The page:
The House Ways and Means Committee’s protracted legal battle for President Donald Trump’s tax returns hit another obstacle when a federal judge on Friday–again–put the lawsuit on hold until a final decision is reached in a separate case. The case? Whether former White House counsel Don McGahn can be compelled to testify before Congress.
The McGahn case will be heard by the full D.C. appellate court after the initial three-judge panel ruled that the judicial branch is constitutionally prohibited from deciding subpoena disputes between the legislative and executive branches.
In a seven-page order, Trump-appointed U.S. District Judge Trevor McFadden said he was staying litigation because the McGahn case presented “several threshold questions that bear heavily” on the parties’ arguments in the Trump tax return case.
Specifically, McFadden reasoned that if he were to follow the precedent set by the initial McGahn decision, he would dismiss the Committee’s claim that the court should enforce the congressional subpoena for the president’s financial documents.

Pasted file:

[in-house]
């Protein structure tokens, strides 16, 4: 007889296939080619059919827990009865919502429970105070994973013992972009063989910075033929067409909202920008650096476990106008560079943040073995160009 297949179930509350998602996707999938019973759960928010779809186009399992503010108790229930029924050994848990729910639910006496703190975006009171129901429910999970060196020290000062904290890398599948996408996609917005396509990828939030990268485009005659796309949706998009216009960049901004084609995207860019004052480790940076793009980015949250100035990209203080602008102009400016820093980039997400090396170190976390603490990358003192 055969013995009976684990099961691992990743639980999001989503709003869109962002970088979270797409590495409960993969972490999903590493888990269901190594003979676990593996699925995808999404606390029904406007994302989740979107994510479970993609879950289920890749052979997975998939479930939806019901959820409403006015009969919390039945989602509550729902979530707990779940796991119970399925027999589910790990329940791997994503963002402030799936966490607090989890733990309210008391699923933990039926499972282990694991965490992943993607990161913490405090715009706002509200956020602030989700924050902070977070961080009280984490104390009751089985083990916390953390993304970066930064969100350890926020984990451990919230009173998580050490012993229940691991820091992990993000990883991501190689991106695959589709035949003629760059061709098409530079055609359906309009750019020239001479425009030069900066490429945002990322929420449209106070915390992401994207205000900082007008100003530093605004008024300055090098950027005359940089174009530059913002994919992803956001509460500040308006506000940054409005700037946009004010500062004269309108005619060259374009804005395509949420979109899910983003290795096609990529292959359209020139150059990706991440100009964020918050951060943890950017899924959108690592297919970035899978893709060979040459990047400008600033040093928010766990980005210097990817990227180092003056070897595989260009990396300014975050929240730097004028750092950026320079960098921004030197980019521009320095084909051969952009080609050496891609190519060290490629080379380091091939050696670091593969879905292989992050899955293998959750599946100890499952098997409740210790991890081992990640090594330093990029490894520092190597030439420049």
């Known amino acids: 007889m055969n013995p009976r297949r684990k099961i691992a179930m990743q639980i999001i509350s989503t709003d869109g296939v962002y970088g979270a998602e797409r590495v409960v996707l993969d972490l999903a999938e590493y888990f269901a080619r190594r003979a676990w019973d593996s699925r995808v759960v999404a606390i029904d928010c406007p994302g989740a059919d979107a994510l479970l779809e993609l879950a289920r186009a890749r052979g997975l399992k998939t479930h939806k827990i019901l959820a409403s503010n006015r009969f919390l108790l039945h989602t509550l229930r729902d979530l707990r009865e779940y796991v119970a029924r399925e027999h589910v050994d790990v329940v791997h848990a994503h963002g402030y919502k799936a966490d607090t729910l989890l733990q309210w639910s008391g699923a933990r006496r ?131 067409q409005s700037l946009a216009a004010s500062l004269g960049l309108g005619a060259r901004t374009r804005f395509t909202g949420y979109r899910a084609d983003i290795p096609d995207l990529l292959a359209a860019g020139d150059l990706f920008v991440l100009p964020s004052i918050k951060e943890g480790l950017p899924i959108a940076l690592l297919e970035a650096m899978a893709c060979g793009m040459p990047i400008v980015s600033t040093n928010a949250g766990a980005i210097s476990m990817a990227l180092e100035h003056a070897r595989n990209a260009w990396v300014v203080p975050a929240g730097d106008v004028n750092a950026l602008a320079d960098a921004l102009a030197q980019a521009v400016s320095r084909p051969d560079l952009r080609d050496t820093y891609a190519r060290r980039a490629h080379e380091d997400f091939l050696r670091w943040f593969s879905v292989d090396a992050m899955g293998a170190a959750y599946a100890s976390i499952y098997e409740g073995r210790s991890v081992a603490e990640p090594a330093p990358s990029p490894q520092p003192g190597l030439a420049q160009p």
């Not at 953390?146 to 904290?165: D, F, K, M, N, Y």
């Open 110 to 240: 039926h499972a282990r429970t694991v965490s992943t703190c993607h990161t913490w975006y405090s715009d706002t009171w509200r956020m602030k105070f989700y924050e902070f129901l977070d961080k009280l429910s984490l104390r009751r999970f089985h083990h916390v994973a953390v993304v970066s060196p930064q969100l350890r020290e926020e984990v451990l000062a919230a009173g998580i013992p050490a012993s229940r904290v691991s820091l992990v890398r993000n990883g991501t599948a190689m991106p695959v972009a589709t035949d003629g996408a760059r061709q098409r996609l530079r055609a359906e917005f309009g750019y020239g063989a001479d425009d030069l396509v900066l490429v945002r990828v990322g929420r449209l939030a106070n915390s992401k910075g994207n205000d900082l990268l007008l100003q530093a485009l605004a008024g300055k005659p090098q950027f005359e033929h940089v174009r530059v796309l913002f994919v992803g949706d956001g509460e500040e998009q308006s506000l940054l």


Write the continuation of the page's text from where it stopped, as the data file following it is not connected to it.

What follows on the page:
According to McFadden, unless the committee wanted to drop the claim for judicial enforcement of the subpoena, the shared legal and constitutional questions inextricably linking the two cases meant the court had no choice but to freeze litigation so long as McGahn remained a “moving target.”
“The subpoena-enforcement issue is unsettled for now. And piecemeal litigation would be an inefficient use of resources. These reasons alone favor a stay,” McFadden wrote. “Thus, the Court will await further proceedings in McGahn before it acts on either the subpoena-enforcement claim or the § 6103(f) claims.”
However, while the D.C. Circuit had been scheduled to rehear the McGahn case at the end of April, the outbreak of the novel coronavirus COVID-19 could potentially delay the litigation indefinitely. In response to the pandemic, the D.C. Circuit courthouse on Tuesday declared that it was suspending all in-person oral arguments for the time being.
“Counsel and the public are advised that in keeping with the public health precautions recommended in response to Covid-19, and in light of developing circumstances, the court will continue to monitor and examine options for cases currently scheduled for oral argument,” the D.C. Circuit said in the order.
Read McFadden’s full order below:
[image via via SAUL LOEB_AFP_Getty Images]